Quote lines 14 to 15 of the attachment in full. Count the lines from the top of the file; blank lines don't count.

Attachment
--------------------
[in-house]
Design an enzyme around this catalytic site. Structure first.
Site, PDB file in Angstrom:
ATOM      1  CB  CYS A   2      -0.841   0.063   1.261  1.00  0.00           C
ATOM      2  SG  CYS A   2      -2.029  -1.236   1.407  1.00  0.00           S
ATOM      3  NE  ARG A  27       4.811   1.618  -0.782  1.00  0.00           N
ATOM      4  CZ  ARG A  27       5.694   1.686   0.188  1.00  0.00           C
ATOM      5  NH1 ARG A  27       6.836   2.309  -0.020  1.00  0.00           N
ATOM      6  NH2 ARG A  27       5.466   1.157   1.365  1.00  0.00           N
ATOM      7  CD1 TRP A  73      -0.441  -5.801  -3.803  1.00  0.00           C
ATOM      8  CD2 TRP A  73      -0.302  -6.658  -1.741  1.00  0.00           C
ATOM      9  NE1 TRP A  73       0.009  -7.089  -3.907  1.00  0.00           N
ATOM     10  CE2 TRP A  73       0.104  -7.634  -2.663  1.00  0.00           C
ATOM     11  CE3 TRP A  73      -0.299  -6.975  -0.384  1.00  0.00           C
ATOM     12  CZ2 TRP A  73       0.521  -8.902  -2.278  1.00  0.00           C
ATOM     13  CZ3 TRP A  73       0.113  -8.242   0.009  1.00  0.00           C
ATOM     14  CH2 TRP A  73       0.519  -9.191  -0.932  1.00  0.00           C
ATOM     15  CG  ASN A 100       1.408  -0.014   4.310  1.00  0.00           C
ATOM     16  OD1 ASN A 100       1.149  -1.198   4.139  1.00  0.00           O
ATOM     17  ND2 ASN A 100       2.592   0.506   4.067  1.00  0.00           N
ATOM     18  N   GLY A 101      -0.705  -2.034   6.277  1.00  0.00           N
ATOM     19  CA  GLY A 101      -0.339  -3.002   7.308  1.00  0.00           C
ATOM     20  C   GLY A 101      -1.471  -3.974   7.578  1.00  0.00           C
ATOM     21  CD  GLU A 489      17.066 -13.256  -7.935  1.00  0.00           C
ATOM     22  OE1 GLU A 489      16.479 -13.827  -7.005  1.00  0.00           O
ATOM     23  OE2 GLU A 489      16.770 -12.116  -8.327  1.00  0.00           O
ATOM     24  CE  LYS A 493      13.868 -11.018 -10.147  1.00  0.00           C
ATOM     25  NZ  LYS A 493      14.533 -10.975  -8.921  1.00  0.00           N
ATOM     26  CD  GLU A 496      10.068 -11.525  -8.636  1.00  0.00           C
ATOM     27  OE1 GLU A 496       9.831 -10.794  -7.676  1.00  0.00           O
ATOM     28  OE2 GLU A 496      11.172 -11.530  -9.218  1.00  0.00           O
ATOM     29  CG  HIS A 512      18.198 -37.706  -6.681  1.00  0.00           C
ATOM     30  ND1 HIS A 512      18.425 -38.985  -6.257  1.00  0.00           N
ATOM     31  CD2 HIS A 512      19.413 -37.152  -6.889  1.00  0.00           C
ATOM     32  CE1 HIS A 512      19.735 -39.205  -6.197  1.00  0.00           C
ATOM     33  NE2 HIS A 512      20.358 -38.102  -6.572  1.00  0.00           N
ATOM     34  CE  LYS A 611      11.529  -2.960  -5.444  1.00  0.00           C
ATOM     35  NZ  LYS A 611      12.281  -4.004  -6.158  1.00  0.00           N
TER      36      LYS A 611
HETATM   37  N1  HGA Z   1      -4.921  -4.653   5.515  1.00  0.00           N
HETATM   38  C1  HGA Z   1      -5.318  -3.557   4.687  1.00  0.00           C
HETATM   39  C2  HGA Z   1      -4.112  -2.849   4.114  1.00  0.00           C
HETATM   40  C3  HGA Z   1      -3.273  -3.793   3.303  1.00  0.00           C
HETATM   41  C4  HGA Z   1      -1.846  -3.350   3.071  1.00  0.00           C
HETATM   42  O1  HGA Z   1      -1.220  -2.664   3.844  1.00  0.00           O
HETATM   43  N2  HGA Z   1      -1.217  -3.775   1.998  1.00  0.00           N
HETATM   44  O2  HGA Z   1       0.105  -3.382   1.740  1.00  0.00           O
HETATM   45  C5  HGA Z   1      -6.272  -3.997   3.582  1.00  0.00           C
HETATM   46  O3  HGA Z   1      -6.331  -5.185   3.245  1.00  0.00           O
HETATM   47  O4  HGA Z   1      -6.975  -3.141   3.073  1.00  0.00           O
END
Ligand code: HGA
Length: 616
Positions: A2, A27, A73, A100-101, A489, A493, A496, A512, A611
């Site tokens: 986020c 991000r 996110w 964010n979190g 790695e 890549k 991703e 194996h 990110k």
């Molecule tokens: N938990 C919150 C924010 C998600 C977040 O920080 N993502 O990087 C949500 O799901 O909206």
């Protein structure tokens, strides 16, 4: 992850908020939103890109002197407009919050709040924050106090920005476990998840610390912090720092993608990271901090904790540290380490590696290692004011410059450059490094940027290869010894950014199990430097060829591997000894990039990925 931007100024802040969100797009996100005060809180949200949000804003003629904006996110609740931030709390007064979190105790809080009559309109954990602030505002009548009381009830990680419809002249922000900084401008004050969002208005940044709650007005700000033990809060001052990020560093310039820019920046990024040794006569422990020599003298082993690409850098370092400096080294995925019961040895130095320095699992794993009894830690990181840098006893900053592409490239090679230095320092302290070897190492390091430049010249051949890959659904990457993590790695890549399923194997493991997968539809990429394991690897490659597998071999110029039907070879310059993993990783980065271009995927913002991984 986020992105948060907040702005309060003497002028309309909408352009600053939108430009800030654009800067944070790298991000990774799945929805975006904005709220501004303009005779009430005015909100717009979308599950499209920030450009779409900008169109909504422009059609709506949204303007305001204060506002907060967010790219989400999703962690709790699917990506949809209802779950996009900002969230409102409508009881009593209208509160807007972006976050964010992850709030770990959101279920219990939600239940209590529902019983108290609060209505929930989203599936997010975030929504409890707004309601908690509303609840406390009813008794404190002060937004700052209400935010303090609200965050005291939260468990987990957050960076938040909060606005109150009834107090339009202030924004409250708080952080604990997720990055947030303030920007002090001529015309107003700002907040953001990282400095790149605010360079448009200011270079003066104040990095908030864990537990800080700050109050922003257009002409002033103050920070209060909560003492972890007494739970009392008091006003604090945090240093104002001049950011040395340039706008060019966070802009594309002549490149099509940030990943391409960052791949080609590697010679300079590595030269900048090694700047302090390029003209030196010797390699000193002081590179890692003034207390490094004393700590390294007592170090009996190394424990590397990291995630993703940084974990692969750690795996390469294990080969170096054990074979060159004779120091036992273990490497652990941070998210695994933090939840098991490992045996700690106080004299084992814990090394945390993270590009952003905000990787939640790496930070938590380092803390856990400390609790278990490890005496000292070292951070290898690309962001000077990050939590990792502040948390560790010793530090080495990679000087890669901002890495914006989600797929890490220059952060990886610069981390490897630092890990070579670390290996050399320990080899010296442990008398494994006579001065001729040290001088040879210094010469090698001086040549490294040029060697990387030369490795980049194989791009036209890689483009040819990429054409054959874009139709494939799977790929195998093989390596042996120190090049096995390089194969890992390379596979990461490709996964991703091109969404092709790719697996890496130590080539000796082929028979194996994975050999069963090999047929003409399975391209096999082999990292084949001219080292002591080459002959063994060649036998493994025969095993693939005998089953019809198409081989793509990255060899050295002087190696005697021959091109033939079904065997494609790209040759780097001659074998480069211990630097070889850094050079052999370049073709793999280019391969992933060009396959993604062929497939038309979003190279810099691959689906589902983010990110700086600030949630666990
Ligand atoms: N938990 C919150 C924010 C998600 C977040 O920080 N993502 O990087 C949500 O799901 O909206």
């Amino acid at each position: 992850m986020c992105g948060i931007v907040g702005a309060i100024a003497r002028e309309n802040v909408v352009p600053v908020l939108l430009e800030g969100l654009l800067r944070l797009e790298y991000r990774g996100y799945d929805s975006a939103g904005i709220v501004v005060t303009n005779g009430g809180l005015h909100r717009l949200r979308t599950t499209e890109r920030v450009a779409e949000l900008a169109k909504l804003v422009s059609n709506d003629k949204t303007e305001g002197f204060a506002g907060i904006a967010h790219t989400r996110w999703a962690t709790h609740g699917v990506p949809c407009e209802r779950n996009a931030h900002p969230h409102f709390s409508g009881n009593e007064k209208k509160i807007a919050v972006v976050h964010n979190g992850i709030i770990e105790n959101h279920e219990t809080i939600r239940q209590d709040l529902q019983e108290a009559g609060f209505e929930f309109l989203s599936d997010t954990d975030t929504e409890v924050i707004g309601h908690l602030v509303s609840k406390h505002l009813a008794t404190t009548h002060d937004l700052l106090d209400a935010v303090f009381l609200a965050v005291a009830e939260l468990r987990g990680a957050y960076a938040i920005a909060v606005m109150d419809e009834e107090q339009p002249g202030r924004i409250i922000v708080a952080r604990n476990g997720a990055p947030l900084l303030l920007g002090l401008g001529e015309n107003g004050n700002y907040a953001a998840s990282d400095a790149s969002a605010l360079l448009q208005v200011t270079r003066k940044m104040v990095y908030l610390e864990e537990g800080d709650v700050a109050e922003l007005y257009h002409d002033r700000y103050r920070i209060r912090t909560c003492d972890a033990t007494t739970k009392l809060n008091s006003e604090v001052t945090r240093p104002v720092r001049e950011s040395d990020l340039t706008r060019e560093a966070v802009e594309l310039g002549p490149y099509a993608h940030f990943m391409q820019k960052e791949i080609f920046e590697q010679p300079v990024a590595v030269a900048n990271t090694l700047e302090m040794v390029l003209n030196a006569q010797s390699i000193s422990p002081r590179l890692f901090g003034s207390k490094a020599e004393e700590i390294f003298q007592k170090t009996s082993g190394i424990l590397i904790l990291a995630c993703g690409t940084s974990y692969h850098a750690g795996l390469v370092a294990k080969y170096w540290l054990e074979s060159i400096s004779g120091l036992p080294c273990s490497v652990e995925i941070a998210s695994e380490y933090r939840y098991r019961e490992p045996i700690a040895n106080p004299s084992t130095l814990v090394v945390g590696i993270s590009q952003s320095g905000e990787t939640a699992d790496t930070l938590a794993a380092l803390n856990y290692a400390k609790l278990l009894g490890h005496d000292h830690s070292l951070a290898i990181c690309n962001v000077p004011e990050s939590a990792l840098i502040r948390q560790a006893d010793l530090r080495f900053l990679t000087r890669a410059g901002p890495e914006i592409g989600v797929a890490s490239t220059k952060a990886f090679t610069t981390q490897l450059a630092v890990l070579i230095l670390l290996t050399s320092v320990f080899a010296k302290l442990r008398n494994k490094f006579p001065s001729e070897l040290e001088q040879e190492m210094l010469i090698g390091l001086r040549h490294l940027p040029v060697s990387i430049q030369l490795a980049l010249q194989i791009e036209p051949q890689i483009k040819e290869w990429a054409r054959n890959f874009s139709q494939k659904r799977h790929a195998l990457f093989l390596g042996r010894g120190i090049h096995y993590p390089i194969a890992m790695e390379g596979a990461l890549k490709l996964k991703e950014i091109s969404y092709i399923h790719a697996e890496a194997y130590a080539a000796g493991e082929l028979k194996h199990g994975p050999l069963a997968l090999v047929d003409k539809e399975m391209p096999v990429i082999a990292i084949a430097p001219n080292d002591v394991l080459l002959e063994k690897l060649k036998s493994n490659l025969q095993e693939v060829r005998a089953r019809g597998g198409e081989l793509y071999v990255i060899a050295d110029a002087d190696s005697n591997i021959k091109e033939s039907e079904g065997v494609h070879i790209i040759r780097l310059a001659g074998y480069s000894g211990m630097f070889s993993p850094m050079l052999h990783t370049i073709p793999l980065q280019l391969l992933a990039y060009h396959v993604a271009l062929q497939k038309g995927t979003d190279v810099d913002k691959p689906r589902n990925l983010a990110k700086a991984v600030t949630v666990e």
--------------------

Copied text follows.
ATOM     11  CE3 TRP A  73      -0.299  -6.975  -0.384  1.00  0.00           C
ATOM     12  CZ2 TRP A  73       0.521  -8.902  -2.278  1.00  0.00           C